Today is a crucial day for Venezuela. For the first time in 17 years, the opposition to Chávez’s governing party will take charge of the National Assembly, defying the Supreme Court of Justice. The margin in its favor is large enough to make President Nicolás Maduro’s life miserable or to create a power crisis with an unpredictable outcome.
The victory of the Mesa de Unidad Democrática (Democratic Unity Table, or MUD) party in December gave the National Assembly 112 deputies from the opposition, exactly two-thirds. This grants the Legislature enormous power to censor ministers, propose constitutional reform and carry out referenda, among others. The ruling party presented seven legal challenges to the Supreme Court, which only recognized the one from the state of Amazonas. Claiming that the Right bought votes, the Court suspended four of the elected representatives, three from the opposition and one from the ruling party.
The decision was considered by MUD as a “judicial coup,” as it took away their supermajority, but the plan to swear in their 112 deputies still stands. The Court’s independence was already called into question after the 1999 reform that instituted 32 judges who were named by Chávez’s regime through the years. The decision is diplomatic: It acknowledges that the opposition won but takes away its clout by reducing its representation in the Assembly.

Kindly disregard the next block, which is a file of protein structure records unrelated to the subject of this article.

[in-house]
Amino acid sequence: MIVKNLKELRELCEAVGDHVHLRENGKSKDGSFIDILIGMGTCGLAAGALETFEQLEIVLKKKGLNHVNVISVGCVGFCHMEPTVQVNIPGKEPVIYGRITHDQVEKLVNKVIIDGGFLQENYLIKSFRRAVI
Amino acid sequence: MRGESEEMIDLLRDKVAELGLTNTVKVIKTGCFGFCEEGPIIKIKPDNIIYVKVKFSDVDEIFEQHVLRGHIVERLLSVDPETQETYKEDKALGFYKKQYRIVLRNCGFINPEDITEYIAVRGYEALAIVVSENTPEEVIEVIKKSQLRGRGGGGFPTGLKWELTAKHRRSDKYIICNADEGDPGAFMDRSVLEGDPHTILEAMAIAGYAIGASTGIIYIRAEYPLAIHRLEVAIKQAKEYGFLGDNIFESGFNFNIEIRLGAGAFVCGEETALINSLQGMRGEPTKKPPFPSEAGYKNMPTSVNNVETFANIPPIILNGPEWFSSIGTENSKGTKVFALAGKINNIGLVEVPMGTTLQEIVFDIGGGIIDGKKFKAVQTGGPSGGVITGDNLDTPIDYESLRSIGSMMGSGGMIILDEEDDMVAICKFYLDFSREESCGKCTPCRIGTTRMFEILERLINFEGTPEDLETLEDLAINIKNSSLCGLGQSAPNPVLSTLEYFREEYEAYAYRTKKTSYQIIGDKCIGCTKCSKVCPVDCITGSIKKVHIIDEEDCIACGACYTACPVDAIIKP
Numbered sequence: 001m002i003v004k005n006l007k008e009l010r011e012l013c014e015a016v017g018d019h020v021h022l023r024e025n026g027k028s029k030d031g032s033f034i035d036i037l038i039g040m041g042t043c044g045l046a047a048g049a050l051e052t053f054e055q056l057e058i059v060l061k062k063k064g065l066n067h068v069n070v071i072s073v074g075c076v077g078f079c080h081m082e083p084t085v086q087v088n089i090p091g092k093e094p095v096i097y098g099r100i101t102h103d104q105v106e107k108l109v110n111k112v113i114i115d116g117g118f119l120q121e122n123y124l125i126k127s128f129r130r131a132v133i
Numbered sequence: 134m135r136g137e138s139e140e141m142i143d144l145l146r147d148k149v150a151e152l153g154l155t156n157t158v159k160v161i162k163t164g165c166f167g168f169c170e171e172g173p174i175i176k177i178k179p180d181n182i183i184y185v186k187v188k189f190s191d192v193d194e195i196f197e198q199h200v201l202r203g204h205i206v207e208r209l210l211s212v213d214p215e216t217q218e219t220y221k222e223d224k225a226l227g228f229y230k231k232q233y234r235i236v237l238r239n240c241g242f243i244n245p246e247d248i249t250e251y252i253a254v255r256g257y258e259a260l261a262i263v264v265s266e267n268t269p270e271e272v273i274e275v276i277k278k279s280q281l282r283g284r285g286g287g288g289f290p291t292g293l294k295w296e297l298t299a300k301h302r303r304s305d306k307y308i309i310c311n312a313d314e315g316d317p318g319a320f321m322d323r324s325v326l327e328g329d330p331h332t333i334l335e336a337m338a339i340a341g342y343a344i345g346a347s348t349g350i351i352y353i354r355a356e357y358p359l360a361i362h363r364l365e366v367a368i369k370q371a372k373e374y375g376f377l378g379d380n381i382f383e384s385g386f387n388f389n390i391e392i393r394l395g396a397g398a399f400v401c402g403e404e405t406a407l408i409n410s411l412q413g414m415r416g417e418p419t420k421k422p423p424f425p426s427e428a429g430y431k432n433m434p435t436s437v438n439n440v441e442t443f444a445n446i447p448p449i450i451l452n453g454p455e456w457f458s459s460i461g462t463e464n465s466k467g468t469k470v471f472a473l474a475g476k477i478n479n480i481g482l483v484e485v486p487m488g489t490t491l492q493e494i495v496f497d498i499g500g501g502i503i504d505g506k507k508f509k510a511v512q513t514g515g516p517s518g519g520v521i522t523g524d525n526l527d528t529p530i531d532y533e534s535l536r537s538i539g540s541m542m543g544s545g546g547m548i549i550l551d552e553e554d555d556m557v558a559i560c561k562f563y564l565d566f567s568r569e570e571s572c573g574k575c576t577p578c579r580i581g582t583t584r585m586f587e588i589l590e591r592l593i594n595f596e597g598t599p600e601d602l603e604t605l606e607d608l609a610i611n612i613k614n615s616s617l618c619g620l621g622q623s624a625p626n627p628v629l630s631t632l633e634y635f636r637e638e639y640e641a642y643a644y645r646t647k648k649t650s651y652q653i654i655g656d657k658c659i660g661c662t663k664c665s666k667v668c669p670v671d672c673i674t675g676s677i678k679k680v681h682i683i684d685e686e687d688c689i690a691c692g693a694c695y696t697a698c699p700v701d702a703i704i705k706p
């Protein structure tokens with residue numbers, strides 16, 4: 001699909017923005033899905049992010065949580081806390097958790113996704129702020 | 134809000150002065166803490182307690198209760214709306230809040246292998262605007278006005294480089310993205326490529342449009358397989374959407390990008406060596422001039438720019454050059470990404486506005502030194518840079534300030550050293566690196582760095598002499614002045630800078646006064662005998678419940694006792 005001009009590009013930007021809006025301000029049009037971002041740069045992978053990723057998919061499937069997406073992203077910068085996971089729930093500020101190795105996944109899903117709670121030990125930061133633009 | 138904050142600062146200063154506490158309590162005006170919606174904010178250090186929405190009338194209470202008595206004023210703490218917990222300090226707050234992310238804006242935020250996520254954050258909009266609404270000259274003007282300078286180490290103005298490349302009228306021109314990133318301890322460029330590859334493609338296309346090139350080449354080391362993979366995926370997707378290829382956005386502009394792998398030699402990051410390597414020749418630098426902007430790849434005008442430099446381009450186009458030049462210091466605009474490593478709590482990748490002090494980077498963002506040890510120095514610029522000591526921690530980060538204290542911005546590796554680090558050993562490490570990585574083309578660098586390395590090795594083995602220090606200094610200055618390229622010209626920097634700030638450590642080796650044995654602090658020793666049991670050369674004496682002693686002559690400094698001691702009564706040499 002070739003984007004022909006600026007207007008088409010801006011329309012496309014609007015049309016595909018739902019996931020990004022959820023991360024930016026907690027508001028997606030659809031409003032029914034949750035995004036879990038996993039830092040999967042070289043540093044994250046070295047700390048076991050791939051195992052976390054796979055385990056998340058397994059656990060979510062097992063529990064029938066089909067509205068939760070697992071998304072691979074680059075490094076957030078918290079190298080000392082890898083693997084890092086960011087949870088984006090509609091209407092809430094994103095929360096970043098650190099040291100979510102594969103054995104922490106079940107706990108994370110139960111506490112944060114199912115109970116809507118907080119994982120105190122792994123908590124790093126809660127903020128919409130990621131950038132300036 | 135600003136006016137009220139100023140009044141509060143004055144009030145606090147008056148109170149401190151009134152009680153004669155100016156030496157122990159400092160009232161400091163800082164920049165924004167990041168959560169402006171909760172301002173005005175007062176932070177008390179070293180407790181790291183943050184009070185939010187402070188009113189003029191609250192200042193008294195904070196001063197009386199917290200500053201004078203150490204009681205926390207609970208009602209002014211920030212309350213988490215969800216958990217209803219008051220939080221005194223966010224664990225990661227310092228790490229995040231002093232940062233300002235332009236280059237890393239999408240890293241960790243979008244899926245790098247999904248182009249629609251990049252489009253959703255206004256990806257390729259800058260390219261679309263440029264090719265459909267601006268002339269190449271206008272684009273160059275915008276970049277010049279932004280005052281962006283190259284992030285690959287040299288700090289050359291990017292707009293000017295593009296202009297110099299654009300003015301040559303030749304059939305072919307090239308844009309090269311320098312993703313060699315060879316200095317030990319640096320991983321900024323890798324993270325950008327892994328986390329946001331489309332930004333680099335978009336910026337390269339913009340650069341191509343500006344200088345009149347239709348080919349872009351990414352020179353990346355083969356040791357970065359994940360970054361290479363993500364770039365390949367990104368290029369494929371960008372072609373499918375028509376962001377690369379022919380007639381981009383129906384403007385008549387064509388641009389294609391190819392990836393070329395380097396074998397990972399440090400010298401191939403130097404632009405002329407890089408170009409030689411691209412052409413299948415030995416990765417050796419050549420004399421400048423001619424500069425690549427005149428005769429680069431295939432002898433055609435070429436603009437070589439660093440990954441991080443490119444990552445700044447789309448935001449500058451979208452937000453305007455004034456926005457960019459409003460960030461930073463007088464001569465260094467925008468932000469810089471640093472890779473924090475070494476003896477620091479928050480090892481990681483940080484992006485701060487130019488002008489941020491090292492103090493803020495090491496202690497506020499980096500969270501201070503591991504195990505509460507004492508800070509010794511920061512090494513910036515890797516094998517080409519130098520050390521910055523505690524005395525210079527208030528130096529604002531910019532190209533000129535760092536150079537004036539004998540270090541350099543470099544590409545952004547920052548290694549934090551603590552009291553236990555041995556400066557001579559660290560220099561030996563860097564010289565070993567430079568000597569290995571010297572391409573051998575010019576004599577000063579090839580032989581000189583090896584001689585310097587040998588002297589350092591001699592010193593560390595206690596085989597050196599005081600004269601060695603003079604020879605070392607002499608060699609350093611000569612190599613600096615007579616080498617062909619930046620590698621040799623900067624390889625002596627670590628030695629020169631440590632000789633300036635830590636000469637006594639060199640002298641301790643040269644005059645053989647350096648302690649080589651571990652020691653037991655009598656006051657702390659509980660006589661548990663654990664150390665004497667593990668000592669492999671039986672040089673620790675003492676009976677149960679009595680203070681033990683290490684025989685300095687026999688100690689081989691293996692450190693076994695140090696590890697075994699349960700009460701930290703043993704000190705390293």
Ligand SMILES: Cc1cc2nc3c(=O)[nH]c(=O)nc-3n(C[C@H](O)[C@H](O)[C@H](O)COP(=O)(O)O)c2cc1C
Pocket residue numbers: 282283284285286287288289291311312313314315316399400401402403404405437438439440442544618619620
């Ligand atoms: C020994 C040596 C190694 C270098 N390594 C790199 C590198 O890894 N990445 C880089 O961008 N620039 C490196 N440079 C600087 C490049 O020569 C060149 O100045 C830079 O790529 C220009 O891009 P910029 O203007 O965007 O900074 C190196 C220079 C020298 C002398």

Simultaneously, the 168 members of the Parlamento Comunal Nacional (National Communal Parliament) are meeting to try to defend the social laws approved by the government of Hugo Chávez that could be revoked by the Assembly. It is not known if they will challenge legislative authority.
Maduro’s government was not prepared for defeat, much less for having the new National Assembly President Henry Ramos Allup tell the President to “think about resigning.”
That is why there is great expectation about what could happen in Venezuela today. We hope that the opposition will be able to swear in their 112 representatives and that the ruling party recognizes the magnitude of their defeat.
Today, the MUD must control their impulse to undo everything created by the Chavismo. That would be their worst mistake. Changes are necessary to help the economy recover in order to see a future. This is no time to settle old scores.